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Set in Amsterdam, DAISY tells the story of a love triangle between a young girl and the two men in her life. Hye-young (Jeon Ji-hyun) is a painter in Amsterdam who looks after her grandfather's antique shop during the week and earns extra money as a street painter on weekends. It's through her painting that she meets Jeong-woo (Lee Sung-jae), an Interpol cop who is chasing a criminal, but keeps Hye-young in the dark about his real work. Written by
Encouraging effort, but doesn't quite hit the mark
Daisy (데이지) Jeon Ji-hyun, Jung Woo-sung, Lee Sung-jae Dir: Andrew Lau - 2006 - Korea / Hong Kong / Netherlands
Hye-young (Jeon Ji-hyun) is a painter in Amsterdam who looks after her grandfather's antique shop during the week and earns extra money by being a street painter during the weekend. It's through her painting that she meets Jeong-woo (Lee Sung-jae), an Interpol cop who is chasing a criminal, but keeps Hye-young in the dark about his real work. Meanwhile, Hye-young is dying to meet the man who leave flowers on her doorstep every day, and built a bridge over a stream for her when she once fell in. Little does she know that he's really a contract killer, Park-yi (Jung Woo-sung), and a shy man, who has fallen for her.
If I were to super-critical, Daisy unfortunately didn't carry the strongest script for me, despite what appeared to be a fantastic concept. A few plot flaws spoilt the cleverness of some of the scenes, and generally, it lacked some of the sophistication I'd expect from a Korean melodrama. This was compounded by some over-acting, which left a feeling that much of the realism was lost from the movie. However, that would be the super-critical view, as there were some positives.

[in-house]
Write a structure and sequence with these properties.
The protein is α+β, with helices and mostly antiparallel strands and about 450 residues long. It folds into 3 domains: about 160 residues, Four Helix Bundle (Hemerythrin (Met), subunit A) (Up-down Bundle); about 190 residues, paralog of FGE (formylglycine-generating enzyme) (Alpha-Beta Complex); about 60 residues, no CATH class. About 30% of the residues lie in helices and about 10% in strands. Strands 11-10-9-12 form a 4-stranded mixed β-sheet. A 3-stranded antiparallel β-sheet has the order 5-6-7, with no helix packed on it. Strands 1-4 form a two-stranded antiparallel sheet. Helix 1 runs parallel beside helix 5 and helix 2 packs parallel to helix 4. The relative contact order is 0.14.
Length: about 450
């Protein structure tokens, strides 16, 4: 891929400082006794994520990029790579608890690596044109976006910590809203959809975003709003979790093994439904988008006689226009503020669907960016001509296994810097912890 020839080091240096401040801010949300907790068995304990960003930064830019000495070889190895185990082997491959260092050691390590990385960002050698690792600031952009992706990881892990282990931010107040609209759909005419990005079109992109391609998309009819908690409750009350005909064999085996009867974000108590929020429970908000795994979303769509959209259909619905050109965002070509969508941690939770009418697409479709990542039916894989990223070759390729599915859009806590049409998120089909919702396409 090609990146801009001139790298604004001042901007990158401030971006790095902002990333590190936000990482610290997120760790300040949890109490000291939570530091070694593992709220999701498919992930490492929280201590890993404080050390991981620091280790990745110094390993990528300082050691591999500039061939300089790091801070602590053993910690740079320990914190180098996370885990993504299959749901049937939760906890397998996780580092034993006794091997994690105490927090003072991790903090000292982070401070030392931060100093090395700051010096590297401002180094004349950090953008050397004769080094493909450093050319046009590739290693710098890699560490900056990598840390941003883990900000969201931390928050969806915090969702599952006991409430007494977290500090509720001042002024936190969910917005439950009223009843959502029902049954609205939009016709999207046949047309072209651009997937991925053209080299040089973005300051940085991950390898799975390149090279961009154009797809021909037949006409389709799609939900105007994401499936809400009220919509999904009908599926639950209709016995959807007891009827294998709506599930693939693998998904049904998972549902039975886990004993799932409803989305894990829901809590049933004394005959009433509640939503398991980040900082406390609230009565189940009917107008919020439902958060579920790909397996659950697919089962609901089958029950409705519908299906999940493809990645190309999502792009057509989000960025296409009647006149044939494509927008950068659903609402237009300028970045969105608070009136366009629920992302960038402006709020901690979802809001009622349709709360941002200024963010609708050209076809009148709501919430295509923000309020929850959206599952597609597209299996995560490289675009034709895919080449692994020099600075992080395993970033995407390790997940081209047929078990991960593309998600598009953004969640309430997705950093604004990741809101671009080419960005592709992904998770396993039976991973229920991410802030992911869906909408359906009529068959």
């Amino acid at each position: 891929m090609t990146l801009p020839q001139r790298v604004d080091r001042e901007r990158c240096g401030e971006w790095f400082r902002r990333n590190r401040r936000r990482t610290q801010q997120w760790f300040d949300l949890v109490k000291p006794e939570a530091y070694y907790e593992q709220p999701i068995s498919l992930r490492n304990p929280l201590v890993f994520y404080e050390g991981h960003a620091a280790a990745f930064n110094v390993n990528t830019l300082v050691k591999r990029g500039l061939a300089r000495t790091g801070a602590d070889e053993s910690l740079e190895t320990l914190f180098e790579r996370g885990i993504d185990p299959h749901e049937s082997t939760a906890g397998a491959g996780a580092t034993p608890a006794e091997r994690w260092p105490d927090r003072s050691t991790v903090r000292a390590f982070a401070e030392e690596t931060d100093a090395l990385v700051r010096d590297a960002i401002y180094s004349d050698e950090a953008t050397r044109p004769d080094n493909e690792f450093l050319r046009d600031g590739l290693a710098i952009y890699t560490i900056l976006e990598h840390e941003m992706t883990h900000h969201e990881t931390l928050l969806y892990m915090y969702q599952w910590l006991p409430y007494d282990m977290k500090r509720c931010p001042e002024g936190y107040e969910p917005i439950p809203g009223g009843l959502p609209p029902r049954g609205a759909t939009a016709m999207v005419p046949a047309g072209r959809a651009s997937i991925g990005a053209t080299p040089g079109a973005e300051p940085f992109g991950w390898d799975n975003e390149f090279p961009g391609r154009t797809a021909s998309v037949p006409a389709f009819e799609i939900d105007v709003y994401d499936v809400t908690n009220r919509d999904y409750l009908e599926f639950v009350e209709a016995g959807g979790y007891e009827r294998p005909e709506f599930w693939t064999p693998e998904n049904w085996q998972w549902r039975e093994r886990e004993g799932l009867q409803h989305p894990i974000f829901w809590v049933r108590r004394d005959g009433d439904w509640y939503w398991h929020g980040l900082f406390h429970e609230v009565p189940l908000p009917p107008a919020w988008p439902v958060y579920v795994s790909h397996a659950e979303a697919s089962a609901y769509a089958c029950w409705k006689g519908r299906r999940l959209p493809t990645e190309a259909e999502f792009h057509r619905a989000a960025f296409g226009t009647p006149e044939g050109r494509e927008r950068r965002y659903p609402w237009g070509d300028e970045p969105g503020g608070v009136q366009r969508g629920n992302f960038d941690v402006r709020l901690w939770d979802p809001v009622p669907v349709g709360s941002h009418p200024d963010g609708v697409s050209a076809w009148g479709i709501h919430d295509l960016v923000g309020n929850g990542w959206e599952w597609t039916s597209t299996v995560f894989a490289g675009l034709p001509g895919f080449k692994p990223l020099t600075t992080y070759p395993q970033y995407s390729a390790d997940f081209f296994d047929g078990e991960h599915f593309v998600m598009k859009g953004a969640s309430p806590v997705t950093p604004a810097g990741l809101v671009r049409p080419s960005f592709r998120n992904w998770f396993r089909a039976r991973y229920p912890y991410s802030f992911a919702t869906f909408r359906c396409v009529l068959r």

This is one of the rare romantic movies for acclaimed director, Andrew Lau, who famed for his fantastic thriller, Infernal Affairs. With that background, much could be expected from Lau, and this was one challenge that would test his versatility as a director. One of the outstanding features of Infernal Affairs was the cinematography, and Lau has transferred it to this movie using some superb camera angles to add to the visual beauty and mood of the film.
Overall, I did enjoy the film, although I did think that it could be better, given the brilliance of Lau's previous film. However, Lau has done well with a different script and I think he has proved himself as one of the best directors in Hong Kong mainstream cinema at the moment. One with some nice flowers.
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